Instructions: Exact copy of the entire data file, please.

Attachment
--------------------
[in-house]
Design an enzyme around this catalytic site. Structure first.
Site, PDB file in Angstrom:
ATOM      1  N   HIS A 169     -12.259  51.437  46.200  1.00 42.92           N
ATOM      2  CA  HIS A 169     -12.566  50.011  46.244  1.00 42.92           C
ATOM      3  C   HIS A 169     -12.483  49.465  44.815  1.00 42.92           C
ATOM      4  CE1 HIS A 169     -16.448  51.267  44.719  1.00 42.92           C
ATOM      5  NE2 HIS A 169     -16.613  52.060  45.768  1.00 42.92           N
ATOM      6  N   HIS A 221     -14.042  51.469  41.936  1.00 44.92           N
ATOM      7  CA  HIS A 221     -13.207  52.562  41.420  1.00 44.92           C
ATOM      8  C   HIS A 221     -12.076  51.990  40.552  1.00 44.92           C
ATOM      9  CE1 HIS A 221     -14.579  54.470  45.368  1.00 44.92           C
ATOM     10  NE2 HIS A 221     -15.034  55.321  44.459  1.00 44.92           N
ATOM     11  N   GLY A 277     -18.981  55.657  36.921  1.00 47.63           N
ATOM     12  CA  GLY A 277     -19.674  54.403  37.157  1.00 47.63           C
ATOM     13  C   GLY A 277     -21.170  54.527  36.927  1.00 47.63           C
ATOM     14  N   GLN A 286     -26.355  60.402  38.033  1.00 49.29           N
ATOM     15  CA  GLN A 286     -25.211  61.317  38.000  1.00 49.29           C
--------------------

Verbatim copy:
[in-house]
Design an enzyme around this catalytic site. Structure first.
Site, PDB file in Angstrom:
ATOM      1  N   HIS A 169     -12.259  51.437  46.200  1.00 42.92           N
ATOM      2  CA  HIS A 169     -12.566  50.011  46.244  1.00 42.92           C
ATOM      3  C   HIS A 169     -12.483  49.465  44.815  1.00 42.92           C
ATOM      4  CE1 HIS A 169     -16.448  51.267  44.719  1.00 42.92           C
ATOM      5  NE2 HIS A 169     -16.613  52.060  45.768  1.00 42.92           N
ATOM      6  N   HIS A 221     -14.042  51.469  41.936  1.00 44.92           N
ATOM      7  CA  HIS A 221     -13.207  52.562  41.420  1.00 44.92           C
ATOM      8  C   HIS A 221     -12.076  51.990  40.552  1.00 44.92           C
ATOM      9  CE1 HIS A 221     -14.579  54.470  45.368  1.00 44.92           C
ATOM     10  NE2 HIS A 221     -15.034  55.321  44.459  1.00 44.92           N
ATOM     11  N   GLY A 277     -18.981  55.657  36.921  1.00 47.63           N
ATOM     12  CA  GLY A 277     -19.674  54.403  37.157  1.00 47.63           C
ATOM     13  C   GLY A 277     -21.170  54.527  36.927  1.00 47.63           C
ATOM     14  N   GLN A 286     -26.355  60.402  38.033  1.00 49.29           N
ATOM     15  CA  GLN A 286     -25.211  61.317  38.000  1.00 49.29           C